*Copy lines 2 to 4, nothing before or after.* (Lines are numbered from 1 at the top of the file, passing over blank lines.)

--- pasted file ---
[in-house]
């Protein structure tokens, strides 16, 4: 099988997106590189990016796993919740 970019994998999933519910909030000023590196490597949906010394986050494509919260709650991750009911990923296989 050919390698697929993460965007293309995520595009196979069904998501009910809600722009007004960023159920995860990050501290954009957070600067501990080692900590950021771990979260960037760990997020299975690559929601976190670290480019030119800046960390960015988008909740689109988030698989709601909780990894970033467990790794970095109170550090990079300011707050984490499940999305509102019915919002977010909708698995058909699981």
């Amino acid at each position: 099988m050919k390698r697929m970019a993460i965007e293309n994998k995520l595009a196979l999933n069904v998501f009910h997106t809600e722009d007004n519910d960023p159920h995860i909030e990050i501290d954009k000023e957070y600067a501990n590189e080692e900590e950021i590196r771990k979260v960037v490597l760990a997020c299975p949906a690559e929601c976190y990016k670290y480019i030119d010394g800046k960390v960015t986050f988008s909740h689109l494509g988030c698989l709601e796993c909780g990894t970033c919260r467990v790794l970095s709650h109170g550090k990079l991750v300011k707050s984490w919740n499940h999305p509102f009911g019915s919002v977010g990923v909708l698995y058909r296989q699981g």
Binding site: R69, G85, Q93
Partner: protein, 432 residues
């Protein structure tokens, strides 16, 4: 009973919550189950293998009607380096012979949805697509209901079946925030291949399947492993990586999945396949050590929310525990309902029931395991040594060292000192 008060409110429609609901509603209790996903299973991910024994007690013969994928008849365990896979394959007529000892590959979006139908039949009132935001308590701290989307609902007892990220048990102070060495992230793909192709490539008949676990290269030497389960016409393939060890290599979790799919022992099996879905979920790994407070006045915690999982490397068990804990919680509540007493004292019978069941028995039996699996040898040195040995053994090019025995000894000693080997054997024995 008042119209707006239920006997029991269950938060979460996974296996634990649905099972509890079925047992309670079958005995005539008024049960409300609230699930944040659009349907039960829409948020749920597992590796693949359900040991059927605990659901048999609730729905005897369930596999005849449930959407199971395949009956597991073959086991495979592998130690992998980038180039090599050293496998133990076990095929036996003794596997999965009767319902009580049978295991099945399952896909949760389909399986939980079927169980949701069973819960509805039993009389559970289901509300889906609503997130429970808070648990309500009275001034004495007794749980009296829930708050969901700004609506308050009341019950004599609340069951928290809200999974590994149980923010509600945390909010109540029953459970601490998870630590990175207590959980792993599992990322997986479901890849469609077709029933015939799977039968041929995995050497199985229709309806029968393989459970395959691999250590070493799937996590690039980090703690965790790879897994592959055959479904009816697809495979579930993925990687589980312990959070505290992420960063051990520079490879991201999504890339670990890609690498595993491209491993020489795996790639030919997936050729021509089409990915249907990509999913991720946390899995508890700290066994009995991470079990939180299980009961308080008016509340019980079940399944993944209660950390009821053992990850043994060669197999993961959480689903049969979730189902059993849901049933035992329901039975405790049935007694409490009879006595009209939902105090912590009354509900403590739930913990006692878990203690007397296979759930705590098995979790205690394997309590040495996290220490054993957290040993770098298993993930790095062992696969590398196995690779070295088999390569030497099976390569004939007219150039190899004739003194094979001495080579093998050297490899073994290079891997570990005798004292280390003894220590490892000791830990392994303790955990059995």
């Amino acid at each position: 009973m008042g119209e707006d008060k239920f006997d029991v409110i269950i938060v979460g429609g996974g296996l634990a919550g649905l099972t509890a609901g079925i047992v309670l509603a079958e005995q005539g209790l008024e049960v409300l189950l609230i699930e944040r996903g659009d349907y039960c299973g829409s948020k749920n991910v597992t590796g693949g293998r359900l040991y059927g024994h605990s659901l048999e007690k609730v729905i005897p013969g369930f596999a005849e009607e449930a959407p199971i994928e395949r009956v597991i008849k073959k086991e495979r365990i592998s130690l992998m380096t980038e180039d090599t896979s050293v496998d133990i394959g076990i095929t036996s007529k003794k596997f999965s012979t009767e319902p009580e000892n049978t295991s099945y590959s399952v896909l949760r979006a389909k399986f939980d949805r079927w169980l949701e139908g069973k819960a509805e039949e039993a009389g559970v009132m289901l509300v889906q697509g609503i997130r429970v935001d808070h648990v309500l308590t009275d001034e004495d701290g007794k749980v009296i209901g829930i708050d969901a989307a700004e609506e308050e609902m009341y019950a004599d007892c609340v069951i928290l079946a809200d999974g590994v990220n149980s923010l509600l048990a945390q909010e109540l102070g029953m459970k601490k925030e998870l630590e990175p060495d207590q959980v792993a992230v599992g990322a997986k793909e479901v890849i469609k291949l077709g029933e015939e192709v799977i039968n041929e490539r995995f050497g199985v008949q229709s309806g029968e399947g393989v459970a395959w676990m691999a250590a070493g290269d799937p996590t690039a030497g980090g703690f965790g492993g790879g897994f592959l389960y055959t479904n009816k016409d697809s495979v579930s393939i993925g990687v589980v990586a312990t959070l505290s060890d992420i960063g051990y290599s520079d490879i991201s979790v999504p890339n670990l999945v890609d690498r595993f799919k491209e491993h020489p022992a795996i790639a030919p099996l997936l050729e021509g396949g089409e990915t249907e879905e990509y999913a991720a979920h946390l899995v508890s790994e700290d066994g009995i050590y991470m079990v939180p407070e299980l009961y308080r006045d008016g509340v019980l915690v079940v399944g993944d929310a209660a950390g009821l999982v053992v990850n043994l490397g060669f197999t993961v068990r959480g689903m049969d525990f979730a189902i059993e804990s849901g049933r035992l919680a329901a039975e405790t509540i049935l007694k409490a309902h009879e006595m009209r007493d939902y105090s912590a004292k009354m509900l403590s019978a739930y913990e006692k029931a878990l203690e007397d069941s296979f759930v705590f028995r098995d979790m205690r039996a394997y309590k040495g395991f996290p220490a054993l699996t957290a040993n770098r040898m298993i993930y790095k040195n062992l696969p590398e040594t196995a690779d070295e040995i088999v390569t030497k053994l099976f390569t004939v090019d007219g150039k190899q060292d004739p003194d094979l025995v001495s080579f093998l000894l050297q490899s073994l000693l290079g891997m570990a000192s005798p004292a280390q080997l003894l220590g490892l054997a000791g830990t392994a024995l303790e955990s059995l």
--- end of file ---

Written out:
């Protein structure tokens, strides 16, 4: 099988997106590189990016796993919740 970019994998999933519910909030000023590196490597949906010394986050494509919260709650991750009911990923296989 050919390698697929993460965007293309995520595009196979069904998501009910809600722009007004960023159920995860990050501290954009957070600067501990080692900590950021771990979260960037760990997020299975690559929601976190670290480019030119800046960390960015988008909740689109988030698989709601909780990894970033467990790794970095109170550090990079300011707050984490499940999305509102019915919002977010909708698995058909699981």
């Amino acid at each position: 099988m050919k390698r697929m970019a993460i965007e293309n994998k995520l595009a196979l999933n069904v998501f009910h997106t809600e722009d007004n519910d960023p159920h995860i909030e990050i501290d954009k000023e957070y600067a501990n590189e080692e900590e950021i590196r771990k979260v960037v490597l760990a997020c299975p949906a690559e929601c976190y990016k670290y480019i030119d010394g800046k960390v960015t986050f988008s909740h689109l494509g988030c698989l709601e796993c909780g990894t970033c919260r467990v790794l970095s709650h109170g550090k990079l991750v300011k707050s984490w919740n499940h999305p509102f009911g019915s919002v977010g990923v909708l698995y058909r296989q699981g």
Binding site: R69, G85, Q93